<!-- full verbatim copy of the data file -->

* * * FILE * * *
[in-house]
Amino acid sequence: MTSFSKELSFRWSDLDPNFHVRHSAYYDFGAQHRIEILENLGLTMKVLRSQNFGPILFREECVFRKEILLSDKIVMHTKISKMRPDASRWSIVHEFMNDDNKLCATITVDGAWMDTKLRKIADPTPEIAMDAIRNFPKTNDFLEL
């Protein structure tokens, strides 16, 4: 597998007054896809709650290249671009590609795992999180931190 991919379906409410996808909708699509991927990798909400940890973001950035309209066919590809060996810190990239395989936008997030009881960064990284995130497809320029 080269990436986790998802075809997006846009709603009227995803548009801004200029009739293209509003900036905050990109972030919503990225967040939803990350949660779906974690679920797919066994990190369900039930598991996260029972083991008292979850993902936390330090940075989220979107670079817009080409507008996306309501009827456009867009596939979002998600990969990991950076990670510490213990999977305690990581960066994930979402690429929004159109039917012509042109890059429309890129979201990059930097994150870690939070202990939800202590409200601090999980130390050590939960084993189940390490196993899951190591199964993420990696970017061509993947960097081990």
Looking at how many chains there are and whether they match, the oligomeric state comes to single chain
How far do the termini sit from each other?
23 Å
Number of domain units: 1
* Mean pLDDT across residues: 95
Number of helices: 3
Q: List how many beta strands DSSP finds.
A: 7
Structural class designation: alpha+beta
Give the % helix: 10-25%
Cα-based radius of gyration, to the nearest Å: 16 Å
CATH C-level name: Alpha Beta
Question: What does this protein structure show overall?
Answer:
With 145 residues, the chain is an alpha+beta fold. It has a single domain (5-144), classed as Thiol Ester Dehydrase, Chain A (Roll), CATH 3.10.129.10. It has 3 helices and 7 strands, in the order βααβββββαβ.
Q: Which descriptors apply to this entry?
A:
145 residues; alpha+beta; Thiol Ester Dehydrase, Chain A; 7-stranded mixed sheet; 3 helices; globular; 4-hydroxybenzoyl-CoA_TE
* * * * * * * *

[in-house]
Amino acid sequence: MTSFSKELSFRWSDLDPNFHVRHSAYYDFGAQHRIEILENLGLTMKVLRSQNFGPILFREECVFRKEILLSDKIVMHTKISKMRPDASRWSIVHEFMNDDNKLCATITVDGAWMDTKLRKIADPTPEIAMDAIRNFPKTNDFLEL
């Protein structure tokens, strides 16, 4: 597998007054896809709650290249671009590609795992999180931190 991919379906409410996808909708699509991927990798909400940890973001950035309209066919590809060996810190990239395989936008997030009881960064990284995130497809320029 080269990436986790998802075809997006846009709603009227995803548009801004200029009739293209509003900036905050990109972030919503990225967040939803990350949660779906974690679920797919066994990190369900039930598991996260029972083991008292979850993902936390330090940075989220979107670079817009080409507008996306309501009827456009867009596939979002998600990969990991950076990670510490213990999977305690990581960066994930979402690429929004159109039917012509042109890059429309890129979201990059930097994150870690939070202990939800202590409200601090999980130390050590939960084993189940390490196993899951190591199964993420990696970017061509993947960097081990």
Looking at how many chains there are and whether they match, the oligomeric state comes to single chain
How far do the termini sit from each other?
23 Å
Number of domain units: 1
* Mean pLDDT across residues: 95
Number of helices: 3
Q: List how many beta strands DSSP finds.
A: 7
Structural class designation: alpha+beta
Give the % helix: 10-25%
Cα-based radius of gyration, to the nearest Å: 16 Å
CATH C-level name: Alpha Beta
Question: What does this protein structure show overall?
Answer:
With 145 residues, the chain is an alpha+beta fold. It has a single domain (5-144), classed as Thiol Ester Dehydrase, Chain A (Roll), CATH 3.10.129.10. It has 3 helices and 7 strands, in the order βααβββββαβ.
Q: Which descriptors apply to this entry?
A:
145 residues; alpha+beta; Thiol Ester Dehydrase, Chain A; 7-stranded mixed sheet; 3 helices; globular; 4-hydroxybenzoyl-CoA_TE